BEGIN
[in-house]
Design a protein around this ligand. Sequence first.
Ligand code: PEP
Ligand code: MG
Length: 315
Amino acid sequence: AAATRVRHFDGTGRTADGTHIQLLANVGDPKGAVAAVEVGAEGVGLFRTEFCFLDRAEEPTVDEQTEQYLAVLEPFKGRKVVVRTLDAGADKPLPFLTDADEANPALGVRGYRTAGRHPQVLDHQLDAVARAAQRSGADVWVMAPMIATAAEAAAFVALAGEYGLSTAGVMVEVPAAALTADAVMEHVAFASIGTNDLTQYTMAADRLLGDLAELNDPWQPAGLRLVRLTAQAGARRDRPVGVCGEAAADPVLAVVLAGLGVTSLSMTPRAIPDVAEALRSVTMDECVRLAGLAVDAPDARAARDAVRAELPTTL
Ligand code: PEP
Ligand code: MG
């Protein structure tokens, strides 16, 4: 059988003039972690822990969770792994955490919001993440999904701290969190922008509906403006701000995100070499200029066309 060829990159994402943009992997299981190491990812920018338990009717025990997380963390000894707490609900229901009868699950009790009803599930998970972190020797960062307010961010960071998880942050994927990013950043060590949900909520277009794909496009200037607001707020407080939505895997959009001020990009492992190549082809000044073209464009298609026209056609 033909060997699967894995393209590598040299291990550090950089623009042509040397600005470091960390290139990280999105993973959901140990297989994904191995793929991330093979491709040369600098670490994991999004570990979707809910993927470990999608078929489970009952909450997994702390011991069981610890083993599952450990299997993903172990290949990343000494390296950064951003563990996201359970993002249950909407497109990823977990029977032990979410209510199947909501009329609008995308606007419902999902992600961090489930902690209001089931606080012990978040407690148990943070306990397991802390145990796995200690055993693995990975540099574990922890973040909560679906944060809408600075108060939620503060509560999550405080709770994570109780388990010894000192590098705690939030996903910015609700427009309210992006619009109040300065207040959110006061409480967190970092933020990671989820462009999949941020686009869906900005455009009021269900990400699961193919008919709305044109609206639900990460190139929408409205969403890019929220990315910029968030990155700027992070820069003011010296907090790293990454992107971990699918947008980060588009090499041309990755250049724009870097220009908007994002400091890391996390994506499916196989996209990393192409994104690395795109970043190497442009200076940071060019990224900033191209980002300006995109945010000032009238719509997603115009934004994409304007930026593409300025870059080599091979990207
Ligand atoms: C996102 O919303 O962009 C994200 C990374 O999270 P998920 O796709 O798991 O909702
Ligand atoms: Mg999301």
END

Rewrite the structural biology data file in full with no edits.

[in-house]
Design a protein around this ligand. Sequence first.
Ligand code: PEP
Ligand code: MG
Length: 315
Amino acid sequence: AAATRVRHFDGTGRTADGTHIQLLANVGDPKGAVAAVEVGAEGVGLFRTEFCFLDRAEEPTVDEQTEQYLAVLEPFKGRKVVVRTLDAGADKPLPFLTDADEANPALGVRGYRTAGRHPQVLDHQLDAVARAAQRSGADVWVMAPMIATAAEAAAFVALAGEYGLSTAGVMVEVPAAALTADAVMEHVAFASIGTNDLTQYTMAADRLLGDLAELNDPWQPAGLRLVRLTAQAGARRDRPVGVCGEAAADPVLAVVLAGLGVTSLSMTPRAIPDVAEALRSVTMDECVRLAGLAVDAPDARAARDAVRAELPTTL
Ligand code: PEP
Ligand code: MG
């Protein structure tokens, strides 16, 4: 059988003039972690822990969770792994955490919001993440999904701290969190922008509906403006701000995100070499200029066309 060829990159994402943009992997299981190491990812920018338990009717025990997380963390000894707490609900229901009868699950009790009803599930998970972190020797960062307010961010960071998880942050994927990013950043060590949900909520277009794909496009200037607001707020407080939505895997959009001020990009492992190549082809000044073209464009298609026209056609 033909060997699967894995393209590598040299291990550090950089623009042509040397600005470091960390290139990280999105993973959901140990297989994904191995793929991330093979491709040369600098670490994991999004570990979707809910993927470990999608078929489970009952909450997994702390011991069981610890083993599952450990299997993903172990290949990343000494390296950064951003563990996201359970993002249950909407497109990823977990029977032990979410209510199947909501009329609008995308606007419902999902992600961090489930902690209001089931606080012990978040407690148990943070306990397991802390145990796995200690055993693995990975540099574990922890973040909560679906944060809408600075108060939620503060509560999550405080709770994570109780388990010894000192590098705690939030996903910015609700427009309210992006619009109040300065207040959110006061409480967190970092933020990671989820462009999949941020686009869906900005455009009021269900990400699961193919008919709305044109609206639900990460190139929408409205969403890019929220990315910029968030990155700027992070820069003011010296907090790293990454992107971990699918947008980060588009090499041309990755250049724009870097220009908007994002400091890391996390994506499916196989996209990393192409994104690395795109970043190497442009200076940071060019990224900033191209980002300006995109945010000032009238719509997603115009934004994409304007930026593409300025870059080599091979990207
Ligand atoms: C996102 O919303 O962009 C994200 C990374 O999270 P998920 O796709 O798991 O909702
Ligand atoms: Mg999301």